Scientists have identified a key element underlying the superior function of stomata — or tiny, gas-exchanging pores — in grasses, where stomata function more efficiently than they do in other plant types. The results reveal a mechanism that may have contributed to the successful diversification of the grass family millions of years ago.
During photosynthesis, plants maximize the amount of carbon they intake from carbon dioxide, while minimizing the amount of water they lose, by adjusting their stomata. Grasses — the plant lineage that provides the majority of human food, fiber and biofuel — have evolved a unique stomata structure that allows them to do this function particularly well.
Here, studying Brachypodium distachyon, a grass species related to major cereal grains like wheat, Michael Raissig et al. used a genetic screen to identify elements responsible for the unique morphology of grass stomata. They uncovered a transcription factor, or protein, known as MUTE. The version of MUTE found in Brachypodium was bigger than the related protein in the flowering plant Arabidopsis; it was also mobile, traveling to cells adjacent to where it was synthesized.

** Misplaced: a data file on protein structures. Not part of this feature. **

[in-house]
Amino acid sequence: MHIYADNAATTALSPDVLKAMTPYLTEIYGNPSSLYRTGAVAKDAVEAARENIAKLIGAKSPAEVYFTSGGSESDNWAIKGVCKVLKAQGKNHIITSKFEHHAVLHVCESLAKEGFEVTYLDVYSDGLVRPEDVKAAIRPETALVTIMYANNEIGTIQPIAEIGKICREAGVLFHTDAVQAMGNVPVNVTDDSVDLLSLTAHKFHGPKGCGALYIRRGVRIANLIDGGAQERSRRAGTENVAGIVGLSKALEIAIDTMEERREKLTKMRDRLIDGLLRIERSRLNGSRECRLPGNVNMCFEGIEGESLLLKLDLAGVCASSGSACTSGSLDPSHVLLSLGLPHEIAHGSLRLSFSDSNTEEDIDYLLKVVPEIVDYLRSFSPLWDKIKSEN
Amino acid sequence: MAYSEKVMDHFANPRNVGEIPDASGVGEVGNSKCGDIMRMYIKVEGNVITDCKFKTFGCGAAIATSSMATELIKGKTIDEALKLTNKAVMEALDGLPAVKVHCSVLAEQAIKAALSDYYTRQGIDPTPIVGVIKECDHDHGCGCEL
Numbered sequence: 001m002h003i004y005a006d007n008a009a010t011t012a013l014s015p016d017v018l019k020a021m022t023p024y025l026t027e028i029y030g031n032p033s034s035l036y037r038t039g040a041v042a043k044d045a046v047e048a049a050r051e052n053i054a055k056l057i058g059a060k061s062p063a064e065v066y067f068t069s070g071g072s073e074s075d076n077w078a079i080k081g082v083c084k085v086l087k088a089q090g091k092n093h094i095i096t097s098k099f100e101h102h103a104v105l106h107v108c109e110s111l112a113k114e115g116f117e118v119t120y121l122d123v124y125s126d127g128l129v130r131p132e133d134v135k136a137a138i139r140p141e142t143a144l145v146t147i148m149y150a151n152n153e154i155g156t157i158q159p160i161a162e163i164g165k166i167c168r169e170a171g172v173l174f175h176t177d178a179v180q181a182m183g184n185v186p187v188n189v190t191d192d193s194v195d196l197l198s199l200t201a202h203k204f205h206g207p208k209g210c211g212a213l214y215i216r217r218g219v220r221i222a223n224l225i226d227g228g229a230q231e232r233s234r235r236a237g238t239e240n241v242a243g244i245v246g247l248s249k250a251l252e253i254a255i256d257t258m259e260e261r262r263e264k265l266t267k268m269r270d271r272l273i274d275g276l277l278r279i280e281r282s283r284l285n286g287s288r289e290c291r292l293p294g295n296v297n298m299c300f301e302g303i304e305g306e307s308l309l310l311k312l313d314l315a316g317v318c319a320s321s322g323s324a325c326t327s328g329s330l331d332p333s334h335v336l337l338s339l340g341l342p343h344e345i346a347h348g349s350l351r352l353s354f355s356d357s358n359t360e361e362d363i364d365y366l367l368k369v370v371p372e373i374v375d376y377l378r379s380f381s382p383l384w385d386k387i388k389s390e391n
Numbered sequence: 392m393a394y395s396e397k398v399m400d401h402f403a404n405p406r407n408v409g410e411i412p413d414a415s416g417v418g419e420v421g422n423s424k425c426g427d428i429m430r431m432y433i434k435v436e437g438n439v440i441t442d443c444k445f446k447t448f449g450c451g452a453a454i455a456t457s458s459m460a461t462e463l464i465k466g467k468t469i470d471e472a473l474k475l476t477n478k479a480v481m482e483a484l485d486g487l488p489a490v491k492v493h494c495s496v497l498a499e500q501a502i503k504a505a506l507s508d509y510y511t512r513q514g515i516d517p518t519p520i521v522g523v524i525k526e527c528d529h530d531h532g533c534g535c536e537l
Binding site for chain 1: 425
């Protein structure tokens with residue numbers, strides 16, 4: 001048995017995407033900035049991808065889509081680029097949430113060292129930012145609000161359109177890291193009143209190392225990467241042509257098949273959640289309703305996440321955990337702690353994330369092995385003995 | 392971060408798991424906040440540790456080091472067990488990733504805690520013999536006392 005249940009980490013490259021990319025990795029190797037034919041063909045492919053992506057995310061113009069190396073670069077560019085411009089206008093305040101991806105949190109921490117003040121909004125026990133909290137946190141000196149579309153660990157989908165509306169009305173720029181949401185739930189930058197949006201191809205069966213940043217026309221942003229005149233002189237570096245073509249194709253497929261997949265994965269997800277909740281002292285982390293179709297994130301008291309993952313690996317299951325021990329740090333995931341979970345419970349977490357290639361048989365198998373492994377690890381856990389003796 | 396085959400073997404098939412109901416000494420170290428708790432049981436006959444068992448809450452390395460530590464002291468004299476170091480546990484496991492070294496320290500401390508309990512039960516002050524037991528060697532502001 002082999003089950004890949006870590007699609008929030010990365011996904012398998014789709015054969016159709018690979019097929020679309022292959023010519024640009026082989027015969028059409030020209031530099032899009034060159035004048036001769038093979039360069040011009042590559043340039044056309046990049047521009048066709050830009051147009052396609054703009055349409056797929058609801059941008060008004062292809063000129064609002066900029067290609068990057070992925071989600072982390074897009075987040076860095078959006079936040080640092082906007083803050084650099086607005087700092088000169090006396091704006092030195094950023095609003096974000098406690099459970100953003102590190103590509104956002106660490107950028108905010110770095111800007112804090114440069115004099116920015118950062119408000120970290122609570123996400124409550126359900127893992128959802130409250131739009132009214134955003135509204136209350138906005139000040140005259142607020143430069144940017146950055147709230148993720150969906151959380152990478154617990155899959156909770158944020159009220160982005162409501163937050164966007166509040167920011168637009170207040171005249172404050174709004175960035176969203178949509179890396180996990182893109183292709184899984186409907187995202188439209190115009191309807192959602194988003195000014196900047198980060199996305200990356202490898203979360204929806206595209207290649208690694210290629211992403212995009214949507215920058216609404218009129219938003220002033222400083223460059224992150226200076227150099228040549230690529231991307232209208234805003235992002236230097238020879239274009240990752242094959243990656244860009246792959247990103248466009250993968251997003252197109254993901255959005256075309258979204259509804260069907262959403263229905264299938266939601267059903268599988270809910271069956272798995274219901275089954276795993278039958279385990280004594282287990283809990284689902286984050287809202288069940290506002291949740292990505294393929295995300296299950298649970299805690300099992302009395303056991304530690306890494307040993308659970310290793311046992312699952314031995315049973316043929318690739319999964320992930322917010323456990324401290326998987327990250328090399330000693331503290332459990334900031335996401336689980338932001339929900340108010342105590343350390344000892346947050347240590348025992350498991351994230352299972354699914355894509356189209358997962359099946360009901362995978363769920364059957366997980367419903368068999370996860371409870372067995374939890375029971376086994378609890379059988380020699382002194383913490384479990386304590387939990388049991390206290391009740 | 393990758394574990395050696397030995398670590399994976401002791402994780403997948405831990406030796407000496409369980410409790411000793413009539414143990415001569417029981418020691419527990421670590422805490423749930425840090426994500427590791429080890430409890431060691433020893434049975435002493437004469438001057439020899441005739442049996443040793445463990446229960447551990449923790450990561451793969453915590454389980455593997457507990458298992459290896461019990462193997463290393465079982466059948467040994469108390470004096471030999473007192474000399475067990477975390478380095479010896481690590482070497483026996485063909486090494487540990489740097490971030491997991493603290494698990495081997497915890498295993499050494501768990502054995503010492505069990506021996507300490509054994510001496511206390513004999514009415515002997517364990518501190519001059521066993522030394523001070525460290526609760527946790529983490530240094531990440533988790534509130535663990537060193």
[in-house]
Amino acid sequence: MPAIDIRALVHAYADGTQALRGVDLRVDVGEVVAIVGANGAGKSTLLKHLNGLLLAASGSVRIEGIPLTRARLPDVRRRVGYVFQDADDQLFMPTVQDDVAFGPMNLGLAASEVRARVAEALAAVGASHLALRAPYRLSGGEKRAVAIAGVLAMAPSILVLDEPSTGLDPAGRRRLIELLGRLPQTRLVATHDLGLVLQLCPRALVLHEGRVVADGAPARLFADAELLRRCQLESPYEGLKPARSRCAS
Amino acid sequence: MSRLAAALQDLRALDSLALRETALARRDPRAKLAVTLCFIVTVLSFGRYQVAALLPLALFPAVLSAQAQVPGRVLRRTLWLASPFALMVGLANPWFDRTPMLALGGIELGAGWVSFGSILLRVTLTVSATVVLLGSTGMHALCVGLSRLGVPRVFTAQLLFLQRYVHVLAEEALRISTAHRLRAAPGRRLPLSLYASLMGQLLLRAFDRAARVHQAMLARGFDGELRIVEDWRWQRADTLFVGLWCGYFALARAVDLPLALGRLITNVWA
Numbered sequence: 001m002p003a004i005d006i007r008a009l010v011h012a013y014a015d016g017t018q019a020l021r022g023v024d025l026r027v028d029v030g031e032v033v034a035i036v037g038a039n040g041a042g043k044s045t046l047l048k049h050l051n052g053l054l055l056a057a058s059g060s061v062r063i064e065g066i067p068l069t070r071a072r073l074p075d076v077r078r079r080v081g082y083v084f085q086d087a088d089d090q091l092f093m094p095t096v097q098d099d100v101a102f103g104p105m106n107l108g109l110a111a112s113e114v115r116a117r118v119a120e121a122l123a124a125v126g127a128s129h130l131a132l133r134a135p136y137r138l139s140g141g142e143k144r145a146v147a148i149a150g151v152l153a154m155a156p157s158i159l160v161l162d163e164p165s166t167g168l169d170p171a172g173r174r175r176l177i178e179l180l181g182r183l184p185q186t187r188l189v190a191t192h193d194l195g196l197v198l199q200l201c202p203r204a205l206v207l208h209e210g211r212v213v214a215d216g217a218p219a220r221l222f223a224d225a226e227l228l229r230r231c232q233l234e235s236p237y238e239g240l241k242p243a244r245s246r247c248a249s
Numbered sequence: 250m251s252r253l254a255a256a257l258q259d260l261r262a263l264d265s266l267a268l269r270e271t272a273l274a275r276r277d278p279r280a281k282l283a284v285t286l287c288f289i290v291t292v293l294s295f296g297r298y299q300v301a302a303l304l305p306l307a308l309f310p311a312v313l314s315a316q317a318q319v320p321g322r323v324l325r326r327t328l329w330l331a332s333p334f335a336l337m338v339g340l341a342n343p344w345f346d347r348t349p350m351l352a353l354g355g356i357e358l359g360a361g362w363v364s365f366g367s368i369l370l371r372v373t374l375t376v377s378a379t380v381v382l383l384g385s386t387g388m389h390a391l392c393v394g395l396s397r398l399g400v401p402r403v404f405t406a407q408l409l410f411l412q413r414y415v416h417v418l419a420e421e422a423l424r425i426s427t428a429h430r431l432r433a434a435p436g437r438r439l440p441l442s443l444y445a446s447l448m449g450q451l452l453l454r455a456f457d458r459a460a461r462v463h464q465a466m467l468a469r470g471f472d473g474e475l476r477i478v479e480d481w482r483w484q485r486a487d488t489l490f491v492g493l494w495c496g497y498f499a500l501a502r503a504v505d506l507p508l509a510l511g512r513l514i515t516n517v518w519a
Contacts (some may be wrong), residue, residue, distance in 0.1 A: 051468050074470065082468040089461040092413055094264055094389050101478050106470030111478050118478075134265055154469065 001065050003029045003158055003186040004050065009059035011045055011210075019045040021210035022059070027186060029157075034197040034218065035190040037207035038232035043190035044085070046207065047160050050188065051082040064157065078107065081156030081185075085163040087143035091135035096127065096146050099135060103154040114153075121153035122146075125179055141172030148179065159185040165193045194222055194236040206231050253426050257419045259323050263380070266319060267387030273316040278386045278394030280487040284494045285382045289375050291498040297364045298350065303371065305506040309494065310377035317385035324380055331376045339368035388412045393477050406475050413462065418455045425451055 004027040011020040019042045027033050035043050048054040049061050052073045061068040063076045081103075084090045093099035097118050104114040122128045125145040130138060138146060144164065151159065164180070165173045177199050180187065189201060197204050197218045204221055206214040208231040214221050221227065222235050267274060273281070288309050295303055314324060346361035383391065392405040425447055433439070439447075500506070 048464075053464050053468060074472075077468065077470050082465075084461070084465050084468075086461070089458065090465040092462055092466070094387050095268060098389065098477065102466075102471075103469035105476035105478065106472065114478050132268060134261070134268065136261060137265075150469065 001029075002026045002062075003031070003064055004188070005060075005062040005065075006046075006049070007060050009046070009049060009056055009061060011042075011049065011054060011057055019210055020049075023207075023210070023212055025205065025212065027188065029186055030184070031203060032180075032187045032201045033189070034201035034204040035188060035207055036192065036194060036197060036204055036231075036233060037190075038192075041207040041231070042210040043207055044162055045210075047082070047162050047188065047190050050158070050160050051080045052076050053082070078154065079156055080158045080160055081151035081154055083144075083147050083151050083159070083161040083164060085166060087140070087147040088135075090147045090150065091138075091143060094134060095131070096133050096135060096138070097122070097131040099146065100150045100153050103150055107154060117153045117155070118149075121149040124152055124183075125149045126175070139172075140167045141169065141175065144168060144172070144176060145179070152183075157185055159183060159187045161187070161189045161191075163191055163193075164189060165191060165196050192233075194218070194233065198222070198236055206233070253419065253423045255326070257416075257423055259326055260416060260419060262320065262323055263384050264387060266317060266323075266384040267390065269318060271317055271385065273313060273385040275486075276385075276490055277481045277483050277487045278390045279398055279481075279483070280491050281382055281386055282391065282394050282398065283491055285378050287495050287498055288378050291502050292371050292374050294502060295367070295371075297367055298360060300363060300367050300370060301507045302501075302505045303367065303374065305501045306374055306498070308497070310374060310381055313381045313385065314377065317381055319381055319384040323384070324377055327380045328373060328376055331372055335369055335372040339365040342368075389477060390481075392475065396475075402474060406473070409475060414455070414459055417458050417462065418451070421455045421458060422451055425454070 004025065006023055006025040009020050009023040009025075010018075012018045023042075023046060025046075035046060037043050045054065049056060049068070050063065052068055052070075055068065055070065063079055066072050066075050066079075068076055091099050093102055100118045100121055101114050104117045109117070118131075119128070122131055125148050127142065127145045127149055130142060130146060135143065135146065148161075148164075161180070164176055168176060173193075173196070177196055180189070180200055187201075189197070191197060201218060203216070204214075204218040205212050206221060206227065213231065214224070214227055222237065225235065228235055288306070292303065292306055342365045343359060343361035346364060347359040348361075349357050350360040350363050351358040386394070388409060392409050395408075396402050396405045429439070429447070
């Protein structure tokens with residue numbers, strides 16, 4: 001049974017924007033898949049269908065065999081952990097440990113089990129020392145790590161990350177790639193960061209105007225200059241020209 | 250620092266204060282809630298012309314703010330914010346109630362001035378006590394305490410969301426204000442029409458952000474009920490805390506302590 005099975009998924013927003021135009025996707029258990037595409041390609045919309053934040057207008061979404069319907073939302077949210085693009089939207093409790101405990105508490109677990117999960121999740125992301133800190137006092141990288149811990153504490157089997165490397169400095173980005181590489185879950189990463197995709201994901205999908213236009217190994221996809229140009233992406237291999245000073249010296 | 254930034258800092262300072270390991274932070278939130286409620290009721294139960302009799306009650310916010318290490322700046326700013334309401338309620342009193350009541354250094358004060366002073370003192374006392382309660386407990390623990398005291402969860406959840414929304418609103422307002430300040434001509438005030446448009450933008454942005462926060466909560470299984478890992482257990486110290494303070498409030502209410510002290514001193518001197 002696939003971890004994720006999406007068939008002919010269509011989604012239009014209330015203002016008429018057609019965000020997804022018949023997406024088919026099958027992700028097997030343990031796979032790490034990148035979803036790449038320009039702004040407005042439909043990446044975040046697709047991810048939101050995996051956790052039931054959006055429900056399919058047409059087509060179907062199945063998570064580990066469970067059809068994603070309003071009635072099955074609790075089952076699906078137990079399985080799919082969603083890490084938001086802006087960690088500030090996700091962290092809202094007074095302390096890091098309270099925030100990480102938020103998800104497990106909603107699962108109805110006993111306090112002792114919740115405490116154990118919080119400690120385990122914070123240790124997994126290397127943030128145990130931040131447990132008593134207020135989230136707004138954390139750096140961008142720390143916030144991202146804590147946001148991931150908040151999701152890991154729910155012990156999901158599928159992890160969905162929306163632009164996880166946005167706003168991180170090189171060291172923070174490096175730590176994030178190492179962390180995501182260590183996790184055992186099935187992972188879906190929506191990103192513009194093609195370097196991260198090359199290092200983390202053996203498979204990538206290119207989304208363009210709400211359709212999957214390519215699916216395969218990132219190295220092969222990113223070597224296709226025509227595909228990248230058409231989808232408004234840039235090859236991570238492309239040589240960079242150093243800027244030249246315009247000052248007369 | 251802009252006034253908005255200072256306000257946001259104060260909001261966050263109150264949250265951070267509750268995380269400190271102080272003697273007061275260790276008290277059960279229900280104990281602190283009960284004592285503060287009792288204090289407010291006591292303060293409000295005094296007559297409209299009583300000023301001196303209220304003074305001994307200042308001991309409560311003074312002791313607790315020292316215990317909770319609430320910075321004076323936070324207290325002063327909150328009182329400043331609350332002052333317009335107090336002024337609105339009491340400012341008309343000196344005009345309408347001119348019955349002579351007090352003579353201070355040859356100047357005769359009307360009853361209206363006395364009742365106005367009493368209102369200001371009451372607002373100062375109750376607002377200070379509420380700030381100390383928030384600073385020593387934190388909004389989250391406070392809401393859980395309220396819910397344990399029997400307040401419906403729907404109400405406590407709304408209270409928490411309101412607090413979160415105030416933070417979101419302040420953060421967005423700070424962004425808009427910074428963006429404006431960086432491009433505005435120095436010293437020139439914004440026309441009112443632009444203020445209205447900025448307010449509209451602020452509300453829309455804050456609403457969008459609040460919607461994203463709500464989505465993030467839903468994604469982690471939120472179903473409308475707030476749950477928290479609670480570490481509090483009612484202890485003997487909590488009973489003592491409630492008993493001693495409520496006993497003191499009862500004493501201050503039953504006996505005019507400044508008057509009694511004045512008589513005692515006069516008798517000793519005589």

Brachypodium engineered to lack the mobilized MUTE did not exhibit the characteristic stomata, and grew poorly, the researchers report. These findings may be harnessed by plant breeders and agricultural biotechnologists to enhance both photosynthetic capacity and water use efficiency in major grass and even other crops.
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